A. Gibbs, A. Bell, J. Wheeler
Balanced sections are a powerful way of testing the geological validity of structural interpretations derived from well, seismic, or field data. The geometric elements drawn on the interpreted section must be sufficient to allow a complete palinspastic restoration. Sections and, hence, maps that cannot be balanced are geologically invalid and inevitably lead to mistakes in sitting on exploration or production wells. Balanced section analysis involves the interactive process of restoration and modification with accurate redrafting of the section at each step. By hand, this process normally takes so long for all but the simplest sections that it is not done or at best is done on a single section.
Interactive computer techniques have been developed that allow this analysis to be done routinely as a way of checking interpretations in both thrust belts and basins. Stepwise restoration and section editing is used to check correlations across fault zones and to predict accurately the position and geometry of formations. The effect of progressive compaction during fault growth shows how trap formation occurs by the interplay of tectonics and sedimentation. This paper outlines the technique and discusses case histories where the technique has been successfully used to elucidate geological history and structure. Particular attention is given to balanced palinspastic restoration as a predictive tool and in specific cases minimizing risk in the interpretation of prospects in areas of co plex structure.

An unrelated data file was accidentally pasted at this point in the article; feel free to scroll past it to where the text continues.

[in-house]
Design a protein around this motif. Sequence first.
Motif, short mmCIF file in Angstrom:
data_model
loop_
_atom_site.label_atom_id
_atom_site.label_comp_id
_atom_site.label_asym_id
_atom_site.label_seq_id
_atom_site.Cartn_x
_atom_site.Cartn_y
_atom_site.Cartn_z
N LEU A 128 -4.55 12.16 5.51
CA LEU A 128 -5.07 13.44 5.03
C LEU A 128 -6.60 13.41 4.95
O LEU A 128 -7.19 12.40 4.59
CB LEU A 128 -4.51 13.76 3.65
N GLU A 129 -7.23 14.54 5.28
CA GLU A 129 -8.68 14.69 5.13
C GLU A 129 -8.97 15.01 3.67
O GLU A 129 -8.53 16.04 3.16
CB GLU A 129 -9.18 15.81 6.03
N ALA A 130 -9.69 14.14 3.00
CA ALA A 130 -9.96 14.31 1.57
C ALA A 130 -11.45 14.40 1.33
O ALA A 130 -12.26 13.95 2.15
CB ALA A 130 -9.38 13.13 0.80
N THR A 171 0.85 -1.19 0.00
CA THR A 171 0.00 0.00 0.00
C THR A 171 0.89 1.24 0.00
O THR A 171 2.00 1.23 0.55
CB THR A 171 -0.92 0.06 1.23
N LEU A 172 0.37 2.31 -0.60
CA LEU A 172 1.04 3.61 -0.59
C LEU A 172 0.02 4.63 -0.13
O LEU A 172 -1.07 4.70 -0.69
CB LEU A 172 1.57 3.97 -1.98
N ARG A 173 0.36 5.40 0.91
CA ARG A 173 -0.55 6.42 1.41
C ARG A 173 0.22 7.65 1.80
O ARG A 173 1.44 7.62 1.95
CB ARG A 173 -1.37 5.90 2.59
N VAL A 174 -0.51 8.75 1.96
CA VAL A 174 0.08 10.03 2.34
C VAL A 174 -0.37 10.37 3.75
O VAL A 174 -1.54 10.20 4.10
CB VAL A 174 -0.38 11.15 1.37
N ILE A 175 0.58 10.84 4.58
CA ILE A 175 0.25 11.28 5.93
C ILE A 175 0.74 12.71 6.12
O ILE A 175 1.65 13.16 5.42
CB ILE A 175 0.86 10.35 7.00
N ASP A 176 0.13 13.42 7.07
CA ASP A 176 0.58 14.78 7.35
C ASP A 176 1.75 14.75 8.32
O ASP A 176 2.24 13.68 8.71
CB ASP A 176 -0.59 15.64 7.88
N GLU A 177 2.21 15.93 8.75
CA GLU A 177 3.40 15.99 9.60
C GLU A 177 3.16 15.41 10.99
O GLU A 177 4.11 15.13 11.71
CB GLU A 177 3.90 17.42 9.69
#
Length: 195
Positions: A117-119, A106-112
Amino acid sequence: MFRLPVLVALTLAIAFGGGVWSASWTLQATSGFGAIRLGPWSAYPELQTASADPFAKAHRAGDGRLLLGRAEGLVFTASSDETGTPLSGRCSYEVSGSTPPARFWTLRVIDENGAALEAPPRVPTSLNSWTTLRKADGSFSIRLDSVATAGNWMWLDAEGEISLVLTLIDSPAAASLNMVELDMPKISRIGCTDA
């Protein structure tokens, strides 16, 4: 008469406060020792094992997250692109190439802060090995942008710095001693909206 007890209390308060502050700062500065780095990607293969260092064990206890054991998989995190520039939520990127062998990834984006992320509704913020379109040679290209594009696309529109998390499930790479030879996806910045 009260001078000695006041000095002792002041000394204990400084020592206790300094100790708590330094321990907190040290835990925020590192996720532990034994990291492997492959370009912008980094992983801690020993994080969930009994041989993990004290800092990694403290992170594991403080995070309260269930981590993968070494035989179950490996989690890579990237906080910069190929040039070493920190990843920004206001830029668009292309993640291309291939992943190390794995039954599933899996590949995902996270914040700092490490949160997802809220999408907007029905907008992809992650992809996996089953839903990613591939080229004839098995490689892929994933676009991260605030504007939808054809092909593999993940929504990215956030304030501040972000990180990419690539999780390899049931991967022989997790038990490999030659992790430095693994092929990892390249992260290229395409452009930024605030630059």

AAPG Search and Discovery Article #91022©1989 AAPG Annual Convention, April 23-26, 1989, San Antonio, Texas.